Read Around the Rainbow | As a Reader, what’s more important to you, the story itself or the way it’s told?


It’s Read Around the Rainbow time! If you haven’t seen the rainbow posts yet, we’re a group of authors who blog on the same topic on the last Friday of the month. This month’s topic is:

As a Reader, what’s more important to you, the story itself or the way it’s told?

My initial thought was that this is easy – story wins every time! But this might come as a surprise to you LOL, but I’m a bit of a bitch at times. I have a lot of pet peeves, and depending on how lenient I feel on a specific day, they can make me DNF a book in a heartbeat.

I HATE epithets, like the taller man, the younger man, the blond or whatever else some authors tend to use instead of a name. They’re perfectly fine to use before we know the name of the character, but if we know the name and the taller man reaches for something, we’re done.

I’m VERY hesitant about speech tags. He said, she said, asked Ofelia. Here it depends on how often they occur, but it’s after every time someone opens their mouth, then I fear we’re done.

I’m not a fan of first-person POV. This isn’t something I quit a book over, of course. Heck, half, if not more, of all books are written in first person – some of my absolute favourites are! So here’s it’s more a case of quitting the book before starting. If I’m looking for something to read and open the first page and it’s written in first person, I’d say I move on to the next book in my library in 90% of all cases. This is given I don’t know what I want to read.

If I’ve picked up a book I want to read and see it’s in first POV, I sigh and keep on reading because then the promise of a story is there already. If I’ve seen a review that made me think I might like this book, I will read on. It’s for when I’m randomly opening books in my library, I skip the first-person ones.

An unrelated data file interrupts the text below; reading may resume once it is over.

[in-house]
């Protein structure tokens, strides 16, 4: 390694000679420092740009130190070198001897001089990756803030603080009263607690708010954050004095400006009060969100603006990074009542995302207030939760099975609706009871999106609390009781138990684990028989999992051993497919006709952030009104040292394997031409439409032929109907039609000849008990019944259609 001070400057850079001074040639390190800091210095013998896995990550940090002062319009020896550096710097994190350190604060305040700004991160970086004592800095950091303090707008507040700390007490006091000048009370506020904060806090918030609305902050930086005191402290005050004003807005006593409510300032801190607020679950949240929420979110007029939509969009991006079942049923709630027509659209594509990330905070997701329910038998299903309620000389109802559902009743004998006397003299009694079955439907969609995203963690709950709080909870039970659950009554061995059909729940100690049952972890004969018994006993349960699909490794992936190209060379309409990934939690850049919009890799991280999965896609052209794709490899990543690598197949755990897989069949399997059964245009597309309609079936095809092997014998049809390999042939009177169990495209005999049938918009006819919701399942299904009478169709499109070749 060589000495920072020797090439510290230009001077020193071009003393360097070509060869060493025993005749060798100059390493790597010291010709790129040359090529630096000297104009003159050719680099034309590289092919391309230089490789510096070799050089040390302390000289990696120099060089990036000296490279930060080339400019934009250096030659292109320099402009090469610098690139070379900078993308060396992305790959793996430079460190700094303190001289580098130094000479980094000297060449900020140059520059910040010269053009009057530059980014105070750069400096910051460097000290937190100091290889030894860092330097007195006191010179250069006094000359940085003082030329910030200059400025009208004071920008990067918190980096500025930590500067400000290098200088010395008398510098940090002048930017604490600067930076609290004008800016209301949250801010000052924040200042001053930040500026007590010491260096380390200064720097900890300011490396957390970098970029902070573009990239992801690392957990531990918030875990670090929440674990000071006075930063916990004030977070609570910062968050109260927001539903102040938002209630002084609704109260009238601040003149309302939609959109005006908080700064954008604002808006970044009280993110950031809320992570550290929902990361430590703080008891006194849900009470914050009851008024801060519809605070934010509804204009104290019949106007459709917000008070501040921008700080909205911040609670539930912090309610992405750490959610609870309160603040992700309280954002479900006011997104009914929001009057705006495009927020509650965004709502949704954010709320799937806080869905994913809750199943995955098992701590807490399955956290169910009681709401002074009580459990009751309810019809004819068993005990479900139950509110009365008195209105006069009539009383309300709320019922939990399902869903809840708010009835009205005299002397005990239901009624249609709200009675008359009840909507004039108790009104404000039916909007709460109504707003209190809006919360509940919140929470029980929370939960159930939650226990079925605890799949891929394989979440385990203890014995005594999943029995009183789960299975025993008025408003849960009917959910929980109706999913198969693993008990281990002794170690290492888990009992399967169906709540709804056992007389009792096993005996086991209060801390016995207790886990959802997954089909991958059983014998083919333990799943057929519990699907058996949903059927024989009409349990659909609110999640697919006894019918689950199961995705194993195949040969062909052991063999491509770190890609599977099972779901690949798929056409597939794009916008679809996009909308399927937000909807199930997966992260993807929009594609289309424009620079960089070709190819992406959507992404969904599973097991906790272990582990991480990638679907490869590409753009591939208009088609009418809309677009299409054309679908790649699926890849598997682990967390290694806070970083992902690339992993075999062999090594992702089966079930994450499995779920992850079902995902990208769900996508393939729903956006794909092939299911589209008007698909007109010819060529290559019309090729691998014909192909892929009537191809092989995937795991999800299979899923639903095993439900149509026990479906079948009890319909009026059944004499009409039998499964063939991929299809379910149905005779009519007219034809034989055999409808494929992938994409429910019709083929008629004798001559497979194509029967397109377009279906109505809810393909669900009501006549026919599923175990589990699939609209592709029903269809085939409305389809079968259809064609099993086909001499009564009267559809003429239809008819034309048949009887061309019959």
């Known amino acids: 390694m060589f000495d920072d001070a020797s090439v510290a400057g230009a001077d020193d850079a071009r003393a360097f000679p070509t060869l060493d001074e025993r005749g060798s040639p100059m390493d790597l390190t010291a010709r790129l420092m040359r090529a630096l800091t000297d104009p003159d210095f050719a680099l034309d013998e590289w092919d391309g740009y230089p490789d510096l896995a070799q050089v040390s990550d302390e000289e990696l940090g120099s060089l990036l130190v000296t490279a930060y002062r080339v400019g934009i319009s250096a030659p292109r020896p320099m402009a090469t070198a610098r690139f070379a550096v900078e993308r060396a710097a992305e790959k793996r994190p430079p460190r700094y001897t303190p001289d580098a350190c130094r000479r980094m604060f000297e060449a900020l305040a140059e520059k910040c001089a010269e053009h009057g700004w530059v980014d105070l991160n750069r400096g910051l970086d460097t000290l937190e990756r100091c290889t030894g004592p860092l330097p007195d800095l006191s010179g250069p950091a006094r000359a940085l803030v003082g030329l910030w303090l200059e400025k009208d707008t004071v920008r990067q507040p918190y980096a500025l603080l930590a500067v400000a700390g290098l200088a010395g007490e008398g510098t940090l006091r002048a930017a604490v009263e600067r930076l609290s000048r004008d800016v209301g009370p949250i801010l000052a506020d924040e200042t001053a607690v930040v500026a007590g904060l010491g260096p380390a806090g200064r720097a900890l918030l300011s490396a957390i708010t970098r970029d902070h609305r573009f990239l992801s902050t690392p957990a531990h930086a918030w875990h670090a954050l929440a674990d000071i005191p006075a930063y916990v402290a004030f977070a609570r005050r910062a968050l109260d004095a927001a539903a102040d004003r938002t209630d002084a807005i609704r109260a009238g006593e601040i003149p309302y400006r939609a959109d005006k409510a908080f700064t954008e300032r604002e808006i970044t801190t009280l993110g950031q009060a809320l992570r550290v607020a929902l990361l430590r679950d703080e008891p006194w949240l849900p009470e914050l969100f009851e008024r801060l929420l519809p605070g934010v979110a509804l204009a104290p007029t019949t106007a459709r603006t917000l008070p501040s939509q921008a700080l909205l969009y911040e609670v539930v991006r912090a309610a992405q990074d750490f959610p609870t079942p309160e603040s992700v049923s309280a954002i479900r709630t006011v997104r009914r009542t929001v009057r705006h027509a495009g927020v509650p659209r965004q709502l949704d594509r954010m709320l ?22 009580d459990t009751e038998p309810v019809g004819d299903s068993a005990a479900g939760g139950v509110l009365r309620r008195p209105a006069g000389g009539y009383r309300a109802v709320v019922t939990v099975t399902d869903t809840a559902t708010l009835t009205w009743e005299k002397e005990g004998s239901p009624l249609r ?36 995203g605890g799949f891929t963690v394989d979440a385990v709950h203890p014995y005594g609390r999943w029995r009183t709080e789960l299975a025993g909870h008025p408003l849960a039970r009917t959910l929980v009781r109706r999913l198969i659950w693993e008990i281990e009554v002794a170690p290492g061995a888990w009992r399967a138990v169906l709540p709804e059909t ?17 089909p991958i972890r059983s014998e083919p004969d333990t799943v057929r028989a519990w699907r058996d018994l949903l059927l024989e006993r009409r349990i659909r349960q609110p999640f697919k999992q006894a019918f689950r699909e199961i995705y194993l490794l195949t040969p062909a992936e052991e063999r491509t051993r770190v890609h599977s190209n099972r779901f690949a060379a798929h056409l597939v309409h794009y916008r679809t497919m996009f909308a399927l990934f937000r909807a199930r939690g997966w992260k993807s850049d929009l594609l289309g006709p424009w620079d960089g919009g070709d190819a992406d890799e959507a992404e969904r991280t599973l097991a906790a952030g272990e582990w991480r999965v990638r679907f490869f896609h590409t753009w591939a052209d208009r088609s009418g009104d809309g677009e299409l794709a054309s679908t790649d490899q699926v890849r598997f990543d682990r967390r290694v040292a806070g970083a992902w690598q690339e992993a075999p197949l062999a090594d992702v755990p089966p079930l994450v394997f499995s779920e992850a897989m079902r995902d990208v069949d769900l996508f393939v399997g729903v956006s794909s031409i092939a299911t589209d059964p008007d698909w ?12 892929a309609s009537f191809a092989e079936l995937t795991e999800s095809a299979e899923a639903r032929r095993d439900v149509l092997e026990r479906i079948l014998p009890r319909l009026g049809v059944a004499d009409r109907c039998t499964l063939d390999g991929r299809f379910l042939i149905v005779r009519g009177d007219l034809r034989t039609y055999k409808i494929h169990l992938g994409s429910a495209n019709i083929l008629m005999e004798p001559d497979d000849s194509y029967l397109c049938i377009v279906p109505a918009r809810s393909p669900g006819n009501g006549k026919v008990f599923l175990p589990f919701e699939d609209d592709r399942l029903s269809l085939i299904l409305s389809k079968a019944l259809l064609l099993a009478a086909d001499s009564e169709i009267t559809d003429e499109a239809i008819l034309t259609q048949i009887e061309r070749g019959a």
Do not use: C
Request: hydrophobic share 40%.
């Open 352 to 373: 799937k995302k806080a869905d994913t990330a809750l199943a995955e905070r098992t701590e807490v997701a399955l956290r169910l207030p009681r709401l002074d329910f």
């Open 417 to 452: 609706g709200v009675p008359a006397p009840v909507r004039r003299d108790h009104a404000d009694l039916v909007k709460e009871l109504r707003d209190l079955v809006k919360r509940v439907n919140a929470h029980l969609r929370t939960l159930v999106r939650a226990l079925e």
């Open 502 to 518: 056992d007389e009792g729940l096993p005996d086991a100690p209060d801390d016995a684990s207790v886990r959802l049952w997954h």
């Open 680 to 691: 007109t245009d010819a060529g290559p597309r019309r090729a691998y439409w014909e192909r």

So there you have it, my irrational and bitchy book opinions.

BUT I’d still say that story wins over how a story is written because if you can get me to read that first chapter despite groaning in misery if the younger man winks at me, then I’m yours. If you can hook me, if you can make me care, then you have me.

Did you know that a book I rec pretty often is The Last Pure Human by Twisted Hilarity? It’s an online story. I don’t read them often. It’s a WIP. I don’t read them. It’s in third person double POV, but it ticks off the rest of the pet peeves above, and it has many many more that are more part of the plot than the way the story is written, and yet… This is pure guilty pleasure on my part. Cat aliens, people!

A couple of years ago, I wrote a rant post about what I dislike in books and The Last Pure Human has all of them and more, and yet I’ve read it, not once, not twice, but three times. The third was pure accident. Someone was asking for a book they’d read where a guy got a mark on his butt cheek when mated, and I thought Hey, I know this one! and ended up reading it again.

What can I say? I feel for Max. Poor guy. What would you do if you were the last human alive and found yourself mated to a giant cat alien?

Story wins!

The Last Pure Human

The Last Pure HumanKasan, a prince of the feline Kyashin race, is in deep shit. He’s in heat, he needs a consort to help him survive it, and his uncle has locked him away from every available candidate. When he’s offered a small human male at the last moment, he’s quite happy to accept. His new consort, on the other hand, is a little less than pleased with the situation. So what’s a human to do when he finds himself in the bed of a hot, sexed-up alien? We’re about to find out.

Read here!

Check out what the other has to say!

Amy Spector

Ellie Thomas

Addison Albright

K.L. Noone

A.L. Lester

8 thoughts on “Read Around the Rainbow | As a Reader, what’s more important to you, the story itself or the way it’s told?

    1. I can, and in my mind I sometimes am. Though, I also realise a story lives somewhere between what the author wrote and what the reader puts into it. So when it doesn’t work for me, it’s partly my fault. How ‘good’ a book is will always be subjective.


  1. Ug…epithets. I forgot to add that to my rant! It’s fine before we know the person’s name, but once we do, goodness, there are work arounds to avoid that. I feel so bitchy, too, when I’m quick to DNF. I might be more likely to finish the a mediocre but well-written story, but I totally best appreciate it when the story rocks, too.

    Liked by 1 person

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